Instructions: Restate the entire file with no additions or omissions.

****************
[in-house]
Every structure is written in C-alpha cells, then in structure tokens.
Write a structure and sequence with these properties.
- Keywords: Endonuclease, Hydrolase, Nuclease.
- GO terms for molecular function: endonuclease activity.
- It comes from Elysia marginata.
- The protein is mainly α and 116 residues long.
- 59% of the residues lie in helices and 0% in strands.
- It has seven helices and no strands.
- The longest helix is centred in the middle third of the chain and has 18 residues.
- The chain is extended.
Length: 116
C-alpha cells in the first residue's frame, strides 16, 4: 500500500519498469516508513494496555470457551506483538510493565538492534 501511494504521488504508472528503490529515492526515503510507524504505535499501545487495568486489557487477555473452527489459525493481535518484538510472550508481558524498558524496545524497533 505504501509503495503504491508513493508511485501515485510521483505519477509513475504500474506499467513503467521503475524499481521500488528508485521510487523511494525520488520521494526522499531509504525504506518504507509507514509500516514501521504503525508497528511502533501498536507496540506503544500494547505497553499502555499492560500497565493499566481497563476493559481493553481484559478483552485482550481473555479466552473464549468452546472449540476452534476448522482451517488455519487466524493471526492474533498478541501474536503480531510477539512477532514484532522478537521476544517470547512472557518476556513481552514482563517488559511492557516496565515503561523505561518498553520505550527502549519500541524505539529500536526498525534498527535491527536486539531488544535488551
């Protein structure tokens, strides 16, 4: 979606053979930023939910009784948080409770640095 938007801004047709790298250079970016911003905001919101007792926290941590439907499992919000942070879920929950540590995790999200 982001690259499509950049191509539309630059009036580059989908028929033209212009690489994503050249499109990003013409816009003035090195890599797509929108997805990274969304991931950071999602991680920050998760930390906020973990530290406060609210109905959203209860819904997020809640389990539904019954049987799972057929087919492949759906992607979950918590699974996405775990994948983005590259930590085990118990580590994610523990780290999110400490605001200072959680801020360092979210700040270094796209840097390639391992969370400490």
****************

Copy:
[in-house]
Every structure is written in C-alpha cells, then in structure tokens.
Write a structure and sequence with these properties.
- Keywords: Endonuclease, Hydrolase, Nuclease.
- GO terms for molecular function: endonuclease activity.
- It comes from Elysia marginata.
- The protein is mainly α and 116 residues long.
- 59% of the residues lie in helices and 0% in strands.
- It has seven helices and no strands.
- The longest helix is centred in the middle third of the chain and has 18 residues.
- The chain is extended.
Length: 116
C-alpha cells in the first residue's frame, strides 16, 4: 500500500519498469516508513494496555470457551506483538510493565538492534 501511494504521488504508472528503490529515492526515503510507524504505535499501545487495568486489557487477555473452527489459525493481535518484538510472550508481558524498558524496545524497533 505504501509503495503504491508513493508511485501515485510521483505519477509513475504500474506499467513503467521503475524499481521500488528508485521510487523511494525520488520521494526522499531509504525504506518504507509507514509500516514501521504503525508497528511502533501498536507496540506503544500494547505497553499502555499492560500497565493499566481497563476493559481493553481484559478483552485482550481473555479466552473464549468452546472449540476452534476448522482451517488455519487466524493471526492474533498478541501474536503480531510477539512477532514484532522478537521476544517470547512472557518476556513481552514482563517488559511492557516496565515503561523505561518498553520505550527502549519500541524505539529500536526498525534498527535491527536486539531488544535488551
């Protein structure tokens, strides 16, 4: 979606053979930023939910009784948080409770640095 938007801004047709790298250079970016911003905001919101007792926290941590439907499992919000942070879920929950540590995790999200 982001690259499509950049191509539309630059009036580059989908028929033209212009690489994503050249499109990003013409816009003035090195890599797509929108997805990274969304991931950071999602991680920050998760930390906020973990530290406060609210109905959203209860819904997020809640389990539904019954049987799972057929087919492949759906992607979950918590699974996405775990994948983005590259930590085990118990580590994610523990780290999110400490605001200072959680801020360092979210700040270094796209840097390639391992969370400490």